After lunch, I had plenty of time to explore the city. I chose the Takamatsu Art Museum. Only the first floor was open. One gallery displayed prints including a Keith Haring of the Statue of Liberty. Another gallery had pieces of lacquerware from the post-Edo period to the present. No photography was allowed but I took a photograph of a lacquerware piece from the brochure – exquisite. Our lady in the last photo in a very delicate way asked if I was over 65. Yes, admittance, free!

Time to move on. Unexpectedly, I was attracted to a newly constructed five story building that appeared to have a library. It did on the second floor – a branch of the Takamatsu Library.

The building also housed a planetarium, a center to promote gender equity, and a peace museum. The peace museum was extensive showing photos and explanations of events leading up to WWII, life during the war, the loss of loved ones in battle and on the home front. Kondo-san described his earliest recollection as a four year seeing red in the skies over Imabari after it was fire bombed in 1945. Takamatsu was bombed on 4-5 July 1945. Not much of the city was left after that.

Japan took steps after the war to make some basic reforms such as reducing its military.

What impressed me the most was the City Council’s declaration of the values and commitment of Takamatsu citizenry passed in 1980. I wonder how many people know about this document and how it is lived. From what I experienced, this spirit is alive and doing well.

Day 45: At the Hondo (17 April 2019)

Today was light, a 10 mile walk from near Temple 81 down the mountain to Temple 83. As I entered the trail, a warning sign was posted to be aware of wild boars in the area. Other than the friendly heads-up, I could not read about what to do if I faced one of these beasties. I had to rely on Kukai’s protection.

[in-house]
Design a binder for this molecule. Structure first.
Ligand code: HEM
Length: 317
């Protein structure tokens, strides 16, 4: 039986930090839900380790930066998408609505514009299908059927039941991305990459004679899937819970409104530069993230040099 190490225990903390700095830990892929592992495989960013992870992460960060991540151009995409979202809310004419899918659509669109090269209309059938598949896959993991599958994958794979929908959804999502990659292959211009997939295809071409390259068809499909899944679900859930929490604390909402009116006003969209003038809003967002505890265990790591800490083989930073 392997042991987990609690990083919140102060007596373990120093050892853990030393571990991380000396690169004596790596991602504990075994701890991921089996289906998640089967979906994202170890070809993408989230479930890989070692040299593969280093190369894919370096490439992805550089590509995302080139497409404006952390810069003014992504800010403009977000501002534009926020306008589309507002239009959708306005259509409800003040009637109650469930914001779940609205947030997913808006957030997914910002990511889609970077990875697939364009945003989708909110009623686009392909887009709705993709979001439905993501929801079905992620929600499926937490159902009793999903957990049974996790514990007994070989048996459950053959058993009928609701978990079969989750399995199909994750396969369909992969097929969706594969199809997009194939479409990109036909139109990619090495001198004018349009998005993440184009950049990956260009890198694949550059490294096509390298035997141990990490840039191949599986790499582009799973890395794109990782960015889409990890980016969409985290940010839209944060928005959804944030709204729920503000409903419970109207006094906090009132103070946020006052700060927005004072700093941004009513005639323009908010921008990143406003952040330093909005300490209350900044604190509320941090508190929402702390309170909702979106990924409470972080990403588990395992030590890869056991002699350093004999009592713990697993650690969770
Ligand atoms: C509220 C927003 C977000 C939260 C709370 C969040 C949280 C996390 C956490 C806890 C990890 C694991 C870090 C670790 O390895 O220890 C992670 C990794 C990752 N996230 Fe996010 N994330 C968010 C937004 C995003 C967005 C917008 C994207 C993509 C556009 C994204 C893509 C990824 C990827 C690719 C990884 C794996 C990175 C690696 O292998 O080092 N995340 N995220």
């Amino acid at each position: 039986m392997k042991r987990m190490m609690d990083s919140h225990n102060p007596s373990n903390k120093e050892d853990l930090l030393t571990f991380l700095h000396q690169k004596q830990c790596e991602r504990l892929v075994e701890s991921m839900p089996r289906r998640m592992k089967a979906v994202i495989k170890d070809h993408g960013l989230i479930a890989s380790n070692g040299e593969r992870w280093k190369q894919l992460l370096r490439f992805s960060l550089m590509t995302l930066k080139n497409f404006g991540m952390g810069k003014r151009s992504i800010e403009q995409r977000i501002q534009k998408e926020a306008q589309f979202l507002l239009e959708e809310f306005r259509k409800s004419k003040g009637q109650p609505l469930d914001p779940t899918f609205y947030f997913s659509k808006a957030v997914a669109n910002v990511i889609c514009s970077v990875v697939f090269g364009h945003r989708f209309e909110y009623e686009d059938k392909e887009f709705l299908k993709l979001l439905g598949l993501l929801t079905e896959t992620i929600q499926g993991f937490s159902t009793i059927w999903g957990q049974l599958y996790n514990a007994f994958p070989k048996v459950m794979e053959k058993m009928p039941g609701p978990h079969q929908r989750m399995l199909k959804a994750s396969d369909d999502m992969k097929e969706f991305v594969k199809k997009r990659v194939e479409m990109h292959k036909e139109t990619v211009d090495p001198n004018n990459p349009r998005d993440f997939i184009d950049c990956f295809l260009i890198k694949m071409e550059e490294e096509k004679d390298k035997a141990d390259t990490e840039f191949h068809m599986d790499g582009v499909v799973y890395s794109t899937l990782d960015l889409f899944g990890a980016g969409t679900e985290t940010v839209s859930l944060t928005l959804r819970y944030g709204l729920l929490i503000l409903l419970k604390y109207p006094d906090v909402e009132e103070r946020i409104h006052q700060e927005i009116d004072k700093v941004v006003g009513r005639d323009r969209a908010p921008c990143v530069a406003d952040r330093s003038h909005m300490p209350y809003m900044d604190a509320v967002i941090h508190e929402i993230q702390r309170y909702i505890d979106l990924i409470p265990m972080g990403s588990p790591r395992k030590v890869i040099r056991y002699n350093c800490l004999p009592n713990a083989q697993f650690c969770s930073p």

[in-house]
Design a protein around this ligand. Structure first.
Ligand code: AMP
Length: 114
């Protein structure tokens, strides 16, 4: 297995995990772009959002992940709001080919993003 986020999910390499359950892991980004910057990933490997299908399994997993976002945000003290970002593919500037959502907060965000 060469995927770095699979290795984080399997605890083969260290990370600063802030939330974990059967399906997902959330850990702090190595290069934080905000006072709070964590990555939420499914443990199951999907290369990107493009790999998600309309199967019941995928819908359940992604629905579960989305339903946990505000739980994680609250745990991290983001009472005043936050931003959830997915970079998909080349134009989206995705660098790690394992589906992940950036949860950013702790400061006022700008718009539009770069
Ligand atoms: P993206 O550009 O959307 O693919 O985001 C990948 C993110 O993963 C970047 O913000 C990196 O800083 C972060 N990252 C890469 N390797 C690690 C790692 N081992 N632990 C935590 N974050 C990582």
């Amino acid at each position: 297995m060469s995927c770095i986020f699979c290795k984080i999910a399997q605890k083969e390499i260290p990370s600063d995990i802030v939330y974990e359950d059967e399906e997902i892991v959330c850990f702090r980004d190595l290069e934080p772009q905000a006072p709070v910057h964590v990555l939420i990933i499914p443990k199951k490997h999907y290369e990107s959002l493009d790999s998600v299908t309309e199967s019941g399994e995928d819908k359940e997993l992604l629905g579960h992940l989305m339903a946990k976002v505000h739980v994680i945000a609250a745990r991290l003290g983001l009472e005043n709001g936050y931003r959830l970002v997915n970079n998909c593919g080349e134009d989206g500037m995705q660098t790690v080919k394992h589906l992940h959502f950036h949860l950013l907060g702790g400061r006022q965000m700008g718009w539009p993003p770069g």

Although we were in Spring, the foliage seemed like Fall with an array of colors. The mountainside was beautiful and put my mind in a state of self-reflection.

I’ll wait until after the end of the pilgrimage to offer my thoughts on how I will respond to the young Australian policeman’s statement about how ohenro restored his faith in mankind.

For the moment, you might want to know what pilgrims do when they are at a temple and what I do as a secular person who respects other people’s beliefs but is not religious but spiritual.

Most people when they enter a temple at the sanmon (main temple gate) bow to recognize that they are entering a holy place. I do too. Indeed, these temples and the path of the ohenro have been in place for over 1200 years. Even though much of the flat parts of the course is covered in asphalt or concrete, the roads are those that pilgrims walked in the past and for some died along the way.

If a bell is available, many take the opportunity to strike the bell. Most of time, I do too especially vigorously if the climb up was challenging. There is a certain satisfaction in hearing a very loud and enduring gong.

The next step is to cleanse one’s hands and some worshippers wash their mouths. I follow the hand washing part of the ritual.

Here is where we significantly differ. Buddhists and many other non-Buddhists light candles and incense sticks and then chant the heart sutra at the hondo.

I put my hands together, bow my head and think the following. I am grateful that I am healthy in mind and body to have walked to this temple (83 so far). I am grateful to my grandparents who had the courage to leave Japan for whatever reason and who endured in a new land. I am grateful to my parents who nurtured me even though at times I rebelled. I am grateful to have Sharon as my wife and partner who has shared my life and supported me on this trip. I am grateful for my friends who I know have helped me and will help me again when needed. I am grateful for all of my girl cats and Sherman who purr and give unequivocal love. I am grateful to all of the people who have given me acts of kindness. For those fellow pilgrims and for those performing osettai whom I will never meet again, Ichigo, Ichie (in one lifetime, one meeting), thank you.